One of the ways that resources like OWASP and Microsoft’s Threat Modeling Tool are most helpful is in helping non-experts in security to begin mapping out a plan for how to conduct an effective risk assessment for a project and formulate mitigating actions with the right elements for the given project. This is particularly important for IoT projects because there is so much “surface exposure” for a wireless device that is out in the field. IoT devices aren’t always hidden behind layers of security like IT systems in a data center. These devices are often out in the open utilizing wireless signals like Wi-Fi and Bluetooth and LoRa, all of which have security protocols. But wirelessly-connected IoT devices have more potential threats to assess and mitigate because of where they are located and because they utilized wireless technology.
For a threat modeling process to be thorough, it must include:
- A full accounting of every element of the IoT system, including not only the wireless sensor, but gateways, wireless protocols, cloud connectivity, databases, web interfaces, mobile applications and other elements
- A detailed outline of how the device will be used, given that the usage pattern and type of transmissions have a significant impact on what threats are most relevant
- Accurate assumptions about how the device will be designed, where it will be deployed, and other aspects of the implementation
- A survey of the current potential threats and flexibility to adapt to emerging threats over time
- Corresponding mitigation steps that can be taken to address the current threats and respond to future ones
- And metrics for tracking and measuring implementation of the recommended mitigation steps and ongoing security
Most importantly, this should all be done at the very beginning of a development timeline for a device. Too often, this security planning and threat modeling happens late in the development cycle, which is much less effective, and which causes delays. Starting early will help you complete projects faster, lower development costs and achieve stronger security.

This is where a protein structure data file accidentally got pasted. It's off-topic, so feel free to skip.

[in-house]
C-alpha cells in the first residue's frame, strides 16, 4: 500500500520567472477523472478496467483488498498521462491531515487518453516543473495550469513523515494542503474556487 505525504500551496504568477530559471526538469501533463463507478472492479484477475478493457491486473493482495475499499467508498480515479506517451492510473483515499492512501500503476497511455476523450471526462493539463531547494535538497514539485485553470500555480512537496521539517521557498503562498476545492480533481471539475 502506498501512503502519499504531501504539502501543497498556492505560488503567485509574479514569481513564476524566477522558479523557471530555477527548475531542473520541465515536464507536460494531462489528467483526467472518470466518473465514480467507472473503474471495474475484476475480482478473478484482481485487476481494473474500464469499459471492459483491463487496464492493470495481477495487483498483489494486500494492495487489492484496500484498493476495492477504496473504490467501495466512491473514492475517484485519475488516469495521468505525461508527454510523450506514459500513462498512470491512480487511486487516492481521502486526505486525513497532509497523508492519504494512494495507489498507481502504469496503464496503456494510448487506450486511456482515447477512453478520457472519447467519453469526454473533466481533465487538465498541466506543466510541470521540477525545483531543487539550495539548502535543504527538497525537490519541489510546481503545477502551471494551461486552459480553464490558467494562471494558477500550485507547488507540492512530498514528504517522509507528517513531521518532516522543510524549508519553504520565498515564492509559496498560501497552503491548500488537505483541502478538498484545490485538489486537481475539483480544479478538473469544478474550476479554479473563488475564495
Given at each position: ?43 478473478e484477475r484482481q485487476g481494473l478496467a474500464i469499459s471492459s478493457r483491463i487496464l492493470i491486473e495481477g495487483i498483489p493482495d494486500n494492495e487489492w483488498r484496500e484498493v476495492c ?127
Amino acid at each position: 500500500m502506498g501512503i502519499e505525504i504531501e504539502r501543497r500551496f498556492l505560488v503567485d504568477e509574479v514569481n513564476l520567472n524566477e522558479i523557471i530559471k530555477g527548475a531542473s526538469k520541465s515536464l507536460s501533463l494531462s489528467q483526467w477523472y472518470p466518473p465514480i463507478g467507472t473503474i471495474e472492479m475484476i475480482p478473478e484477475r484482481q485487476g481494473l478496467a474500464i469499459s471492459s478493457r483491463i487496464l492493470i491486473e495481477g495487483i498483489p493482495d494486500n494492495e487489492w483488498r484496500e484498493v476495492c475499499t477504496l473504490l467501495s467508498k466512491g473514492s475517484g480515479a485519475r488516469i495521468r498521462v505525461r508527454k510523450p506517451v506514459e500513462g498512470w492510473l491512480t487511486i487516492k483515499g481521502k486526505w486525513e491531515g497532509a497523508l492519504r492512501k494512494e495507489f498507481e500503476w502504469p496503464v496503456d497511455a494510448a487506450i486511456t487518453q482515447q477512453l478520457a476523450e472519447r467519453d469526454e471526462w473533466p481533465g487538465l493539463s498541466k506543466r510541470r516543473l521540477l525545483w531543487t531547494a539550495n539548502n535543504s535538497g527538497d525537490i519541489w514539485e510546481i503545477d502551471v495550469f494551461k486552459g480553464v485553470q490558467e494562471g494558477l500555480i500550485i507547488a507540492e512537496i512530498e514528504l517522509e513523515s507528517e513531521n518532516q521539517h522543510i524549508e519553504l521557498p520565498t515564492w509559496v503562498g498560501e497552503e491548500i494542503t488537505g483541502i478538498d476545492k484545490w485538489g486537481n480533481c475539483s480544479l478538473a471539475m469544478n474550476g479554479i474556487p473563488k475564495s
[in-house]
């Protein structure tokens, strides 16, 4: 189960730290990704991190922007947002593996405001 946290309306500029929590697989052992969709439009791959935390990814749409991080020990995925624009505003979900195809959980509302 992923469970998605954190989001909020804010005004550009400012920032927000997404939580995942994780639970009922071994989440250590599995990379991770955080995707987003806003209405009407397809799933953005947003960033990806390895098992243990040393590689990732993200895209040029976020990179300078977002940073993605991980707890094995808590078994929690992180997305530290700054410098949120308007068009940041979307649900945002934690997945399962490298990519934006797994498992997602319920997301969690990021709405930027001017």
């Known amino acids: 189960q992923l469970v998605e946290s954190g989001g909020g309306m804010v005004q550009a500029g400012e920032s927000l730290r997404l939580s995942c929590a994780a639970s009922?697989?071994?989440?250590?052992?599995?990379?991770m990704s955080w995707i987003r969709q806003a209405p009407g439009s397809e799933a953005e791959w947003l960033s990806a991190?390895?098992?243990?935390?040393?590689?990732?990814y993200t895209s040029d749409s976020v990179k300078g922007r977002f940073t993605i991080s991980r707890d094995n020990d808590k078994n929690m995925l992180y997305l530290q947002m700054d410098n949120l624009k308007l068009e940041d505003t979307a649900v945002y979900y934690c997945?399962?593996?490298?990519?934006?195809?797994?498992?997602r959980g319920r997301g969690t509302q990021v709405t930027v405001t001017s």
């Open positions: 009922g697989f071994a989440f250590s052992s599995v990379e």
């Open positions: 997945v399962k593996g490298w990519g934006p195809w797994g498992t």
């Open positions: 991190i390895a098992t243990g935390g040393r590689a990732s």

Include These Must-Haves in Your Threat Modeling Checklist
There isn’t a one-size-fits-all security strategy for every IoT device because the sensors vary so much from device to device and from one use caste to another. In addition, the required security level of the overall system varies depending upon how much risk the stakeholders are willing to accept. But there are must-have elements that should form the core of your threat modeling process, including:
- Creating a comprehensive architecture diagram of your device and the IoT network, including data flows within and outside of the system, data classifications (e.g. restricted to only certain internal users, private but open more broadly to internal users, or completely public), and risk levels (e.g. extreme, high, moderate, none). All data should be systematically categorized to ensure that appropriate data protection is employed, whether it is data-in-transit, or data-at-rest.
- Turning off unused or non-essential services that may be running on the platform (e.g. HTTP, FTP, SSH), and remove temporary debug code.
- Ensuring that there can be periodic verification of the software running on the device (including running services and open ports)
- Employing an automated method of obtaining and installing software updates
- Implementing a chain-of-trust (code signing), starting with the hardware at boot